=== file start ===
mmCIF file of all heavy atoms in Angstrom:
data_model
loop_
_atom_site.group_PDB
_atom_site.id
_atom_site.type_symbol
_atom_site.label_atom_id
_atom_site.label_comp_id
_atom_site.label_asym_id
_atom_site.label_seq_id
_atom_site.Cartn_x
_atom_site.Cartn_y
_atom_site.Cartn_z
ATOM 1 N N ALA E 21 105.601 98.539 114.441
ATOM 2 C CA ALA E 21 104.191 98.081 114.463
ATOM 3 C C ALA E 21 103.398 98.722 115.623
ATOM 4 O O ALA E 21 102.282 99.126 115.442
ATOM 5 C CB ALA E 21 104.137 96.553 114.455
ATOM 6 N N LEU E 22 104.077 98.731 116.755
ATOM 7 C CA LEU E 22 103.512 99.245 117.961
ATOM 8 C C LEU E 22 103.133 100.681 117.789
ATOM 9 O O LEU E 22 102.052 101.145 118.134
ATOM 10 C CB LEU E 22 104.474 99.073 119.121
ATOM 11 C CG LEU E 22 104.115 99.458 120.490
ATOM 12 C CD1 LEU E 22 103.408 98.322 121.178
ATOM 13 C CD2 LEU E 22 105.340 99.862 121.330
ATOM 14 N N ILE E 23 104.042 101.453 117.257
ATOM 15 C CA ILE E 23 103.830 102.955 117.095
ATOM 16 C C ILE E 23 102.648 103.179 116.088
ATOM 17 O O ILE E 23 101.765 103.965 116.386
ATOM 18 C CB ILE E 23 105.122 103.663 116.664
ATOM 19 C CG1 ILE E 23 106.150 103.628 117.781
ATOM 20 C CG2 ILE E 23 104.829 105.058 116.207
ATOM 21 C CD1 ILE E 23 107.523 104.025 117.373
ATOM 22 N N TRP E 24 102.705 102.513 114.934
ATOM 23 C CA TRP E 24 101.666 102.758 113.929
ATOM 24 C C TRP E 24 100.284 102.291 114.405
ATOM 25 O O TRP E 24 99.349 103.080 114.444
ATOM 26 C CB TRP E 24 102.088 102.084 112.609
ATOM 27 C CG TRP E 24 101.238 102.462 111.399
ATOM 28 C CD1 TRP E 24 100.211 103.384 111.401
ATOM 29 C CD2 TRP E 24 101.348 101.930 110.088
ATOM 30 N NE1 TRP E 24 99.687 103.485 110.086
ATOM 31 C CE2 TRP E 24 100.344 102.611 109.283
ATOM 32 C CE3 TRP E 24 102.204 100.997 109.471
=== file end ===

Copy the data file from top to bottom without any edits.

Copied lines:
mmCIF file of all heavy atoms in Angstrom:
data_model
loop_
_atom_site.group_PDB
_atom_site.id
_atom_site.type_symbol
_atom_site.label_atom_id
_atom_site.label_comp_id
_atom_site.label_asym_id
_atom_site.label_seq_id
_atom_site.Cartn_x
_atom_site.Cartn_y
_atom_site.Cartn_z
ATOM 1 N N ALA E 21 105.601 98.539 114.441
ATOM 2 C CA ALA E 21 104.191 98.081 114.463
ATOM 3 C C ALA E 21 103.398 98.722 115.623
ATOM 4 O O ALA E 21 102.282 99.126 115.442
ATOM 5 C CB ALA E 21 104.137 96.553 114.455
ATOM 6 N N LEU E 22 104.077 98.731 116.755
ATOM 7 C CA LEU E 22 103.512 99.245 117.961
ATOM 8 C C LEU E 22 103.133 100.681 117.789
ATOM 9 O O LEU E 22 102.052 101.145 118.134
ATOM 10 C CB LEU E 22 104.474 99.073 119.121
ATOM 11 C CG LEU E 22 104.115 99.458 120.490
ATOM 12 C CD1 LEU E 22 103.408 98.322 121.178
ATOM 13 C CD2 LEU E 22 105.340 99.862 121.330
ATOM 14 N N ILE E 23 104.042 101.453 117.257
ATOM 15 C CA ILE E 23 103.830 102.955 117.095
ATOM 16 C C ILE E 23 102.648 103.179 116.088
ATOM 17 O O ILE E 23 101.765 103.965 116.386
ATOM 18 C CB ILE E 23 105.122 103.663 116.664
ATOM 19 C CG1 ILE E 23 106.150 103.628 117.781
ATOM 20 C CG2 ILE E 23 104.829 105.058 116.207
ATOM 21 C CD1 ILE E 23 107.523 104.025 117.373
ATOM 22 N N TRP E 24 102.705 102.513 114.934
ATOM 23 C CA TRP E 24 101.666 102.758 113.929
ATOM 24 C C TRP E 24 100.284 102.291 114.405
ATOM 25 O O TRP E 24 99.349 103.080 114.444
ATOM 26 C CB TRP E 24 102.088 102.084 112.609
ATOM 27 C CG TRP E 24 101.238 102.462 111.399
ATOM 28 C CD1 TRP E 24 100.211 103.384 111.401
ATOM 29 C CD2 TRP E 24 101.348 101.930 110.088
ATOM 30 N NE1 TRP E 24 99.687 103.485 110.086
ATOM 31 C CE2 TRP E 24 100.344 102.611 109.283
ATOM 32 C CE3 TRP E 24 102.204 100.997 109.471